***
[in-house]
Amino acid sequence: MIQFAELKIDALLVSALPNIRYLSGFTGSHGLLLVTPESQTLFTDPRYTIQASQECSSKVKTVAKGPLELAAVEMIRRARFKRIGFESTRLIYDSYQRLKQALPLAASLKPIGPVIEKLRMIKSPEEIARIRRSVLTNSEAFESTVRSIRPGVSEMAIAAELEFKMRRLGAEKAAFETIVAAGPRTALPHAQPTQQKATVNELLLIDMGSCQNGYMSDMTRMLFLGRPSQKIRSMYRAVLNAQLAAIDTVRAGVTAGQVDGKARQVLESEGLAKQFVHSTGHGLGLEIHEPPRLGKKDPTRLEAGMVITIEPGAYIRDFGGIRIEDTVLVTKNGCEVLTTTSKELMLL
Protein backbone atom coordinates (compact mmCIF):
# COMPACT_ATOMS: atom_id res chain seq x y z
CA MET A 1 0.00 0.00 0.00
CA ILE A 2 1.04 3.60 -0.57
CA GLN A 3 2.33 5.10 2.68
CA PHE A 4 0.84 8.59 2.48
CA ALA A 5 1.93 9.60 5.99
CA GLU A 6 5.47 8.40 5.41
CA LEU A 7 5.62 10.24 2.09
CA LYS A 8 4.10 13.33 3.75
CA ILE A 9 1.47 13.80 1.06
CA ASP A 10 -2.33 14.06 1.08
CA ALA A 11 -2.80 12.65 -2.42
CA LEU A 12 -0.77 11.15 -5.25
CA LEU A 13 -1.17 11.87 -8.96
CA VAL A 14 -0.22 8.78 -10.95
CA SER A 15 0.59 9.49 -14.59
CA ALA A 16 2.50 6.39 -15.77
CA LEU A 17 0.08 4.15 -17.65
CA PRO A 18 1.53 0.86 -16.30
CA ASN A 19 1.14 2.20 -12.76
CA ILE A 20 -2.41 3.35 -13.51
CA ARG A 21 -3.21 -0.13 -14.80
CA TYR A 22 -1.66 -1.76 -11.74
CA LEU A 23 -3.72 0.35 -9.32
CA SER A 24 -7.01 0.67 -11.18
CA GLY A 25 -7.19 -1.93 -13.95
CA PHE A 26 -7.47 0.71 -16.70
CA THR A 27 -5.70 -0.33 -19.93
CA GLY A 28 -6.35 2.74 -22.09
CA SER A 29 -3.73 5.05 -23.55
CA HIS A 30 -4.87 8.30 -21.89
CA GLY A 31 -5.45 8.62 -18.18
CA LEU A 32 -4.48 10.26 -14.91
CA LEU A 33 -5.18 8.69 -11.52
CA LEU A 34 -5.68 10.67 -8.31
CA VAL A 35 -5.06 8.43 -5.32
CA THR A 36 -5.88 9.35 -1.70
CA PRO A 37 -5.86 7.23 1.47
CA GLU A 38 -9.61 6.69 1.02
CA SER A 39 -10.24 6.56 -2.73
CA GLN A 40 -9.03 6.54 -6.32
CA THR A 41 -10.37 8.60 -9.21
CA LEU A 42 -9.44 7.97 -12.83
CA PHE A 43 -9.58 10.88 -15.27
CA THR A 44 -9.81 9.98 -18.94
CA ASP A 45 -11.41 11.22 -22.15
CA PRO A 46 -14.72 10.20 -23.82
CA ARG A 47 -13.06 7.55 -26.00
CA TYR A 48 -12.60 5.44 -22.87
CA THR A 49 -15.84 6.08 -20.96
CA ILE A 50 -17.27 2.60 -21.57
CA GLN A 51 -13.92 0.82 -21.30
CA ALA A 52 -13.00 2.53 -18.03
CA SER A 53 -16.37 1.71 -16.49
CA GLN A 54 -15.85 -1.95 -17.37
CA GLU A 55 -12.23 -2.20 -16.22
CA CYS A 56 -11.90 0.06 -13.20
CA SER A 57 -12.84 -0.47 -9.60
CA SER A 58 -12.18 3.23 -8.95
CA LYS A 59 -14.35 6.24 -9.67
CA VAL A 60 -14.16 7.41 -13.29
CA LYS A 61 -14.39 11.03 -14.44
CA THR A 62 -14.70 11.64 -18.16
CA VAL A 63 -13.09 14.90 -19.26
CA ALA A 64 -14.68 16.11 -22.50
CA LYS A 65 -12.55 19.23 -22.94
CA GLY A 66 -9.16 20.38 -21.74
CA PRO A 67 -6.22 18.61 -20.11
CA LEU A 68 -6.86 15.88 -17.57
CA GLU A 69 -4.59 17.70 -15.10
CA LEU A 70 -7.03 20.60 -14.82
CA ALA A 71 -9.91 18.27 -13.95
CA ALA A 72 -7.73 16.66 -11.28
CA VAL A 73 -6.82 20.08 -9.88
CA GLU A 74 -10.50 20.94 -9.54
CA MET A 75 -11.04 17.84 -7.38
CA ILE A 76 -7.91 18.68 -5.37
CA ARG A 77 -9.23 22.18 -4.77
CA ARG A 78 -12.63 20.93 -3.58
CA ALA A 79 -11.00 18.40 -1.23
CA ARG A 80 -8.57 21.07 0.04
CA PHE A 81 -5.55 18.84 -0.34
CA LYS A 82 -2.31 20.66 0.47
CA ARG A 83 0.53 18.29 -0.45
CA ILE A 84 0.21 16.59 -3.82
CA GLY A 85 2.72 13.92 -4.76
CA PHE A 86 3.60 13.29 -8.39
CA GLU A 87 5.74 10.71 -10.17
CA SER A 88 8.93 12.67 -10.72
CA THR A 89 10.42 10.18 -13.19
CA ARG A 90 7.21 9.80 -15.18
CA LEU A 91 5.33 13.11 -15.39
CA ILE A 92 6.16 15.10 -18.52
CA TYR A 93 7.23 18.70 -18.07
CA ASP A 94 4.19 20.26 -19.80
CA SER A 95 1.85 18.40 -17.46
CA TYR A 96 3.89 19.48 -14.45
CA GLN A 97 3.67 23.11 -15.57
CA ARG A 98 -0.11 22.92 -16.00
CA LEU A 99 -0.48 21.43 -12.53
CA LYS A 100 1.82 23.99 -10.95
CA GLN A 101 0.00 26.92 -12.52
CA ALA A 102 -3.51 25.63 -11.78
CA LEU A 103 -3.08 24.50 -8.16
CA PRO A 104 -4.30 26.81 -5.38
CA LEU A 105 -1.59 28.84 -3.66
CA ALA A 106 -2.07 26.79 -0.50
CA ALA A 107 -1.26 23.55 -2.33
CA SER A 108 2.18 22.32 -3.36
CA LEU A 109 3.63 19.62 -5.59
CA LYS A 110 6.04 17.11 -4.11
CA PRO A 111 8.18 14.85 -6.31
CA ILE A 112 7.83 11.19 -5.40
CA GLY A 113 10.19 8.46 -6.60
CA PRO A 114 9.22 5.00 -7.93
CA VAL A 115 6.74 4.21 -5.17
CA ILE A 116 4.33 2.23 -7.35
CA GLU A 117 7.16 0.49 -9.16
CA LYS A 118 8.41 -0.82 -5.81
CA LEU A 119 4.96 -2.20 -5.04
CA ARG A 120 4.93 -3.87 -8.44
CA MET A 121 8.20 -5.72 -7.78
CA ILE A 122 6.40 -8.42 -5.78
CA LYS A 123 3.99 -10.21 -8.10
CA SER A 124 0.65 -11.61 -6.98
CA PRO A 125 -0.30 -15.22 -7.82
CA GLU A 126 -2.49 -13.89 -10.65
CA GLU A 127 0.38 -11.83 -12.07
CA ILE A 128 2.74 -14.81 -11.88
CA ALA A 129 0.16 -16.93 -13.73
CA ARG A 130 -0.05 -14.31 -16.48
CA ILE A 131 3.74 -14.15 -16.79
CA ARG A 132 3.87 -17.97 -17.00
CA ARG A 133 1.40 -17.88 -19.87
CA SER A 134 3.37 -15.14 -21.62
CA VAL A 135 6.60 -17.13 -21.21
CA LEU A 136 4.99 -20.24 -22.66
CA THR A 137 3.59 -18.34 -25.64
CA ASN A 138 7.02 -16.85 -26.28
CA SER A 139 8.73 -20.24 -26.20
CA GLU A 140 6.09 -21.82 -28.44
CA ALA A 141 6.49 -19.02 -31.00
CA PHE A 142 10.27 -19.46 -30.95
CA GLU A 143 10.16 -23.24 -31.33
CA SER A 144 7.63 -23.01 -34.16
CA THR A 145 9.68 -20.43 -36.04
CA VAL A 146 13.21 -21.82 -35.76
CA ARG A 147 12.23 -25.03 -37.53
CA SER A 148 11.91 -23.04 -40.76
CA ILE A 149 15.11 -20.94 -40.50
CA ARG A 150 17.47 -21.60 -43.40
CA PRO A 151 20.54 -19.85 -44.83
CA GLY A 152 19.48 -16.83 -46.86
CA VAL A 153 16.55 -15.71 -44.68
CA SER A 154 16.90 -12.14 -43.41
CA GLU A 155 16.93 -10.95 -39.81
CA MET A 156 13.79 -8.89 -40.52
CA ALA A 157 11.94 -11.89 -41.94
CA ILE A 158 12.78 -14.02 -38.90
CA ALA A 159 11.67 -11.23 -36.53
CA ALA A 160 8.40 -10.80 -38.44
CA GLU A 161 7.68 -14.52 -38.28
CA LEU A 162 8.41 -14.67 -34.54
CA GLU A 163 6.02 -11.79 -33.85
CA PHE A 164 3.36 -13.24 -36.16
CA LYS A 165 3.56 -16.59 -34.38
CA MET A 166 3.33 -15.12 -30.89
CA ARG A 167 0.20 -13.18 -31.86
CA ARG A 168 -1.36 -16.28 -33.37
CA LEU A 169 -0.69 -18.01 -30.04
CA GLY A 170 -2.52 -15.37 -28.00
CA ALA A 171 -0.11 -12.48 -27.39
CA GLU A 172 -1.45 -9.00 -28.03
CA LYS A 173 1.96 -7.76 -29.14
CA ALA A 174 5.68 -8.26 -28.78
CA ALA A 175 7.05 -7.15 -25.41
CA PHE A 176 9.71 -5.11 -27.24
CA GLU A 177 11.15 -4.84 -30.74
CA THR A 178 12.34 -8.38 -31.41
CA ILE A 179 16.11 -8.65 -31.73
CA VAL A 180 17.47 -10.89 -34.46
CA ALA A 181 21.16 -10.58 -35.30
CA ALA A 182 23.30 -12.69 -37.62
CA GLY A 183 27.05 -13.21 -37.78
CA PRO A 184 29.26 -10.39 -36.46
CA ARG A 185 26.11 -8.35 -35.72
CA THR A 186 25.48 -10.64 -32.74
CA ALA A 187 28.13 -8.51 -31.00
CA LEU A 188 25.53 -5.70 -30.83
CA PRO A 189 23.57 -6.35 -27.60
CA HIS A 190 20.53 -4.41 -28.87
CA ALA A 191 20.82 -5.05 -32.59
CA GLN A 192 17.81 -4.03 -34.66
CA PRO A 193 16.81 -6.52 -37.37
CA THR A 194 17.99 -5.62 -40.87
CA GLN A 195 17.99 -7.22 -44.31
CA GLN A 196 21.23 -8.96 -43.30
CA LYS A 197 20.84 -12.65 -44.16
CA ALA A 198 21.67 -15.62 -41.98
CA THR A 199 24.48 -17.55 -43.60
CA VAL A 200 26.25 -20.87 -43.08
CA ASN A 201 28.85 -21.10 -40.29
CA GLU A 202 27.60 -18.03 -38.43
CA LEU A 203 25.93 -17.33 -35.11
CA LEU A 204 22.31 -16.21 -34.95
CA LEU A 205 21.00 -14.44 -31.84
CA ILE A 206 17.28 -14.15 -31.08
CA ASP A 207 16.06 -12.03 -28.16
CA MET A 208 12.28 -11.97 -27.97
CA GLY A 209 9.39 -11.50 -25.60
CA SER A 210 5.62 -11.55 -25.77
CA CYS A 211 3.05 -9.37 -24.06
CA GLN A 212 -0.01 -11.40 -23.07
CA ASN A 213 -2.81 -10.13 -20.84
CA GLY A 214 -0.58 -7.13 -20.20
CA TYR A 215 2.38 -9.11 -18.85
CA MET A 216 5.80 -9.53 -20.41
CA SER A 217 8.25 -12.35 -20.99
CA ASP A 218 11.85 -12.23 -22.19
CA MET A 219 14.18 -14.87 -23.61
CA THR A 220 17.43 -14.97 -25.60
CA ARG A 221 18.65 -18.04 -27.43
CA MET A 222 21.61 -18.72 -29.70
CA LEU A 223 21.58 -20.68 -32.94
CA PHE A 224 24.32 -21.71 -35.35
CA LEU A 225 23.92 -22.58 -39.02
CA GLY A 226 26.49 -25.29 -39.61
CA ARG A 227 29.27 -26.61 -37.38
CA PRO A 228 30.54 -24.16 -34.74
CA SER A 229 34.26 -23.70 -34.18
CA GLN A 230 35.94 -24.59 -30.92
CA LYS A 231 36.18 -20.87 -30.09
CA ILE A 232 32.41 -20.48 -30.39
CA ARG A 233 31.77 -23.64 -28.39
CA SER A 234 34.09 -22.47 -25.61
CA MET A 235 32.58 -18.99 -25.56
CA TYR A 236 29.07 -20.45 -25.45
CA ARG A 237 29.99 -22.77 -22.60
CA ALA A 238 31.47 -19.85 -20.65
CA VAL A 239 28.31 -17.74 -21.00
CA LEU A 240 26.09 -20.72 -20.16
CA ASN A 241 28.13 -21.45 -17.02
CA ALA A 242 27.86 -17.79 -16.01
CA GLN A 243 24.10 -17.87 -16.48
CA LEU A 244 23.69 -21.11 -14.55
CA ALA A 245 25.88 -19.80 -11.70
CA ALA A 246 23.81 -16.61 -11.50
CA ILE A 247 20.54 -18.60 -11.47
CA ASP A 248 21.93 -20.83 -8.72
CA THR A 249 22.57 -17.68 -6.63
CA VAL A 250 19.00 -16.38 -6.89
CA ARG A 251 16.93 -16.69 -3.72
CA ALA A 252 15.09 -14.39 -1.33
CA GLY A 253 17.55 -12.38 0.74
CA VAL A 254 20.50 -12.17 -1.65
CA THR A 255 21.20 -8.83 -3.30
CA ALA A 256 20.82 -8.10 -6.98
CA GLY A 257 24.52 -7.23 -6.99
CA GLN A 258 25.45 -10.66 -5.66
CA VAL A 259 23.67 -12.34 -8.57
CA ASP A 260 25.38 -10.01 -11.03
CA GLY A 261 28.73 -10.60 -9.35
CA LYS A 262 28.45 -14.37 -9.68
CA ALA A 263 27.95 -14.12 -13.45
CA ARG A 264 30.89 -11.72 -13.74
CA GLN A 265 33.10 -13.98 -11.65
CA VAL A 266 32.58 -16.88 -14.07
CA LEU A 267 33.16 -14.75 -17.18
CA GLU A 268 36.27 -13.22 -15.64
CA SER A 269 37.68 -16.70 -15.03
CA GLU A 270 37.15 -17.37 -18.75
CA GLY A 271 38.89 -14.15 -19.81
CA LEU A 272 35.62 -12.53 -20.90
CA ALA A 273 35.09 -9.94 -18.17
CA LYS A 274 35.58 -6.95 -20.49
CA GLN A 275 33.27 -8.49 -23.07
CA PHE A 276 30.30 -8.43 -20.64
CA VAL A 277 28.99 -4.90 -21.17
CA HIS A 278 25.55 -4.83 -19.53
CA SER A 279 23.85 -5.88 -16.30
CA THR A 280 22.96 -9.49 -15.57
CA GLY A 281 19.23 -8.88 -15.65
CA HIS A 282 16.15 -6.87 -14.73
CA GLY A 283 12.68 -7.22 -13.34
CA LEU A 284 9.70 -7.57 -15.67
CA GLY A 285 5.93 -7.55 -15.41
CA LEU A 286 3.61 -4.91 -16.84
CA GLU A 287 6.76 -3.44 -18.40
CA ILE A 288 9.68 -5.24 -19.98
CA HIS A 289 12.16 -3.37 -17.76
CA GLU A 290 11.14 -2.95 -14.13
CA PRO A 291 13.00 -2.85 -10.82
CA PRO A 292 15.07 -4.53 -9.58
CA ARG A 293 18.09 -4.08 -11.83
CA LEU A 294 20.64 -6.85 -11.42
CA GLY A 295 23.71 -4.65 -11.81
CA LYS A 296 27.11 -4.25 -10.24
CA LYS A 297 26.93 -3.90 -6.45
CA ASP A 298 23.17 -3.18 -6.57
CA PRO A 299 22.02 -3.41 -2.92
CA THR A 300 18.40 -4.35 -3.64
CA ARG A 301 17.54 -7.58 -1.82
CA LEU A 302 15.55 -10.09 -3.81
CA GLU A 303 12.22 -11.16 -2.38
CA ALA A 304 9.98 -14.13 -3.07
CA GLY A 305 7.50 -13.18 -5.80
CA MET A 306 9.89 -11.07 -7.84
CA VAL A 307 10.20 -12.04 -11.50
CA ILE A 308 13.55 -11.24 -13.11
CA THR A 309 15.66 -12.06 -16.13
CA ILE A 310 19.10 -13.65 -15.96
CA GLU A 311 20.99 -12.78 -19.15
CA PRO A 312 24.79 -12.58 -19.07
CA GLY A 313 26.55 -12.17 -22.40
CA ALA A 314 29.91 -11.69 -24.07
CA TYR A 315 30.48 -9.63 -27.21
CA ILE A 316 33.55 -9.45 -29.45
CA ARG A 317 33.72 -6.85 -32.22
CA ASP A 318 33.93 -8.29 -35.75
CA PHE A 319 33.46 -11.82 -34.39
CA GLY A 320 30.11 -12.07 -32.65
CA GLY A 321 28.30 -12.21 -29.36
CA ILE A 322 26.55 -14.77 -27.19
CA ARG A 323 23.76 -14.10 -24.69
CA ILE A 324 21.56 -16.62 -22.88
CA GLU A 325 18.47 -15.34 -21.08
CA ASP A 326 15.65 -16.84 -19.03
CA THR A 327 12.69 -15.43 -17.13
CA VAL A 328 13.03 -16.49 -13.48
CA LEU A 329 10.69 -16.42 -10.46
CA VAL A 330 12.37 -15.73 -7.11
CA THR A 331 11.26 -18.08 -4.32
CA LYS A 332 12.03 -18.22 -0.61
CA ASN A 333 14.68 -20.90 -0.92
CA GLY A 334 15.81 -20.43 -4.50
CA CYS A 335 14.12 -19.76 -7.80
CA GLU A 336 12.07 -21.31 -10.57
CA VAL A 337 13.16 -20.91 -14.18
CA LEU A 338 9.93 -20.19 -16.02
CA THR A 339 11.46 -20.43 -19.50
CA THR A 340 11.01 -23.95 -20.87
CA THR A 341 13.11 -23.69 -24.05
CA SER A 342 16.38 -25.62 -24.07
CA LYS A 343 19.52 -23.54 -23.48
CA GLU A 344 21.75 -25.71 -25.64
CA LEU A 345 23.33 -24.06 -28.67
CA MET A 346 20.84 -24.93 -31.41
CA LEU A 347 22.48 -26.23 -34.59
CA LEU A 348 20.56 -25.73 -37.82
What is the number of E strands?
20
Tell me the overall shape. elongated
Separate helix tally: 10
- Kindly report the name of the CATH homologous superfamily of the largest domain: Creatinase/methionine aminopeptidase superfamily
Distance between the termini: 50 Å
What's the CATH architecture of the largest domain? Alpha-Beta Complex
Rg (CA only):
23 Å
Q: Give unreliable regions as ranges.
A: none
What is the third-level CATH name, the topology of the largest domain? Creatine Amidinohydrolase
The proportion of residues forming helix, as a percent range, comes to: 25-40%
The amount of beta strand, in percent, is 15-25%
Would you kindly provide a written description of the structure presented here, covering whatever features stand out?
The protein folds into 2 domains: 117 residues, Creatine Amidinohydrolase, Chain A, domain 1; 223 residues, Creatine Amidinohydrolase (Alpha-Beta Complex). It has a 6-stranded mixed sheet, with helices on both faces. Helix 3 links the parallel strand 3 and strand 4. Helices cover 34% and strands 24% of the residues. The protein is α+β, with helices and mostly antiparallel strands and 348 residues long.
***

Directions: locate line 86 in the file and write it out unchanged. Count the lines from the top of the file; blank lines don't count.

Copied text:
CA LYS A 82 -2.31 20.66 0.47